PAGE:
On this day in labor history, the year was 1958.
That was the day twelve ultra-conservatives, including industrialists Robert Welch, Fred Koch and Harry Lynde Bradley gathered in Indianapolis to found the John Birch Society.
These men saw secret cabals and communist conspiracy everywhere.
They mobilized their vast financial resources to fuel Cold War paranoia.
They opposed New Deal policies, the Civil Rights Movement, President Lyndon Johnson’s Great Society programs and the Equal Rights Amendment. They funded Barry Goldwater’s presidential bid
in 1964, denounced Nixon as a fake and warned of his establishment of diplomatic ties with China. The Birchers also opposed water fluoridation, the Environmental Protection Agency and the Occupational Safety and Health Administration.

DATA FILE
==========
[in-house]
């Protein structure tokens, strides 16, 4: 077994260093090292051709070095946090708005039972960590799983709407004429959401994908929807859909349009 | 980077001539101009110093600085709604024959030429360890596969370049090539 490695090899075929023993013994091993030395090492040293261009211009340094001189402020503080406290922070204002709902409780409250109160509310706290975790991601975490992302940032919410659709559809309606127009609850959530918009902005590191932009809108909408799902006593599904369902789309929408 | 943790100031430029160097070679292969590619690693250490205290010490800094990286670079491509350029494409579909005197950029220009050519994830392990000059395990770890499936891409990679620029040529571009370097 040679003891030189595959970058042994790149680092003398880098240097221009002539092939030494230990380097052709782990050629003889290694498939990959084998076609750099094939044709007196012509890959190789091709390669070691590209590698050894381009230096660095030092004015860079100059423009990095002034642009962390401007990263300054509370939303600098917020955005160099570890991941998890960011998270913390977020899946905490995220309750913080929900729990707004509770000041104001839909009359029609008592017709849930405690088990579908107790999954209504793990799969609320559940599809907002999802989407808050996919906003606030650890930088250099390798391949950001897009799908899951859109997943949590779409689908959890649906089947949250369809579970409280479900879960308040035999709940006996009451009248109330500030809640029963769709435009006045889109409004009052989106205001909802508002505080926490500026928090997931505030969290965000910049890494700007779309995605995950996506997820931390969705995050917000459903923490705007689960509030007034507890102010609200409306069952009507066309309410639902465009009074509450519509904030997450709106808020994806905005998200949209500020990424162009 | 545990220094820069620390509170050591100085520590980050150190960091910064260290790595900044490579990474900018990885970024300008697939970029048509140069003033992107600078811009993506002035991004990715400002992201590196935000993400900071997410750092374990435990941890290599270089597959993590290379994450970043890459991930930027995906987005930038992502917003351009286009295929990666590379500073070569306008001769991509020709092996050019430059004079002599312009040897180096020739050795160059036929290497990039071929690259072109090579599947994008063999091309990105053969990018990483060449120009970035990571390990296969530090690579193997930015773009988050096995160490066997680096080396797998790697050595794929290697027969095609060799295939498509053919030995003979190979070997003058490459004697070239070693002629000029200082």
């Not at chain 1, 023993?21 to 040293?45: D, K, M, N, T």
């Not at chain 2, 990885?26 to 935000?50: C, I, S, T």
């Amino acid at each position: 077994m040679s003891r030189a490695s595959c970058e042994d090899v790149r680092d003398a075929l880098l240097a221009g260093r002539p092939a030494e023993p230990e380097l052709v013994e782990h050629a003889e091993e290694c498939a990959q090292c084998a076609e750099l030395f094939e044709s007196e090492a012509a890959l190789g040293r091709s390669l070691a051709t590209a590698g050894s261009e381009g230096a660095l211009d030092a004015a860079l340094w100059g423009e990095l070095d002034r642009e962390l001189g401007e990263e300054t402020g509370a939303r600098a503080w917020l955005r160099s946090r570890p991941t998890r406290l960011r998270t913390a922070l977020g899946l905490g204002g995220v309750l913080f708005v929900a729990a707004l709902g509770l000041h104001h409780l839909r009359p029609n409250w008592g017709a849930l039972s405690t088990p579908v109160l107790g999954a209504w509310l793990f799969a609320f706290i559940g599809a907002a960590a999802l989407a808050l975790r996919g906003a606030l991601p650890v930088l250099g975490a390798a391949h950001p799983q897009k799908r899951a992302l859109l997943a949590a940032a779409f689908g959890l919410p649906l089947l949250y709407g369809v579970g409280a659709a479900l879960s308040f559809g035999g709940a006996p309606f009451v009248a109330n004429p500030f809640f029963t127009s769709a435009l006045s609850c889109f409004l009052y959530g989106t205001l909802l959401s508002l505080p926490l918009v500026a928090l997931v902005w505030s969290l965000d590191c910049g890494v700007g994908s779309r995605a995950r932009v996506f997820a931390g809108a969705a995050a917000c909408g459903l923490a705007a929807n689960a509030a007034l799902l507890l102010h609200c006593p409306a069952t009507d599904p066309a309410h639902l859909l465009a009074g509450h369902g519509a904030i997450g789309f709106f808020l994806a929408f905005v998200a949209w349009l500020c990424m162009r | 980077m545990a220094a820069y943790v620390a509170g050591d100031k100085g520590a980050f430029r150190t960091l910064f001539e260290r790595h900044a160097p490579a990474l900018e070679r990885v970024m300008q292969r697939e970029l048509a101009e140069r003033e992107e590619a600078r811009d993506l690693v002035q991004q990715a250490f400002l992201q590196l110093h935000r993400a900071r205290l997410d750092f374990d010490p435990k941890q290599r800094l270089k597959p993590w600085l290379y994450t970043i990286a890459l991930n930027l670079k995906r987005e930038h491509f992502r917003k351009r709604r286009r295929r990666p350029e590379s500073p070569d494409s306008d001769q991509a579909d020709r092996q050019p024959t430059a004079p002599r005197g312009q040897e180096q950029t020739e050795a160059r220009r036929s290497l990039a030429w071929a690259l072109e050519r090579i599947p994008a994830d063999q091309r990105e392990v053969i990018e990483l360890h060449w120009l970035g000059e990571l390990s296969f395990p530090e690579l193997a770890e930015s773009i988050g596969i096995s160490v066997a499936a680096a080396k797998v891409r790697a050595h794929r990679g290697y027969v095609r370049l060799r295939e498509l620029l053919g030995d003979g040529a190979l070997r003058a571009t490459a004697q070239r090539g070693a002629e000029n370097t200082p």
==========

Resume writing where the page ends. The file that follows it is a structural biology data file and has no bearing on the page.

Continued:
They pressed for the U.S to withdraw from the United Nations and viewed the U.S. war in Vietnam as a plot to bring Communism to the United States.
Welch, a candy manufacturer, even asserted that President Dwight Eisenhower was a simply a tool for the communists and advocate of a “One-World New Order.”
More recently, many Birchers have also helped to found and fund the National Right to Work Committee, whose legal defense arm has pushed hard for anti-union legislation.
Prominent members like the Koch Brothers have funneled millions into the NWRC in order to bust unions, kill the Employee Free Choice Act and weaken the regulatory authority of the National Labor Relations Board.
Their current headquarters are in Appleton, Wisconsin, hometown of Red Scare warrior, Senator Joseph McCarthy.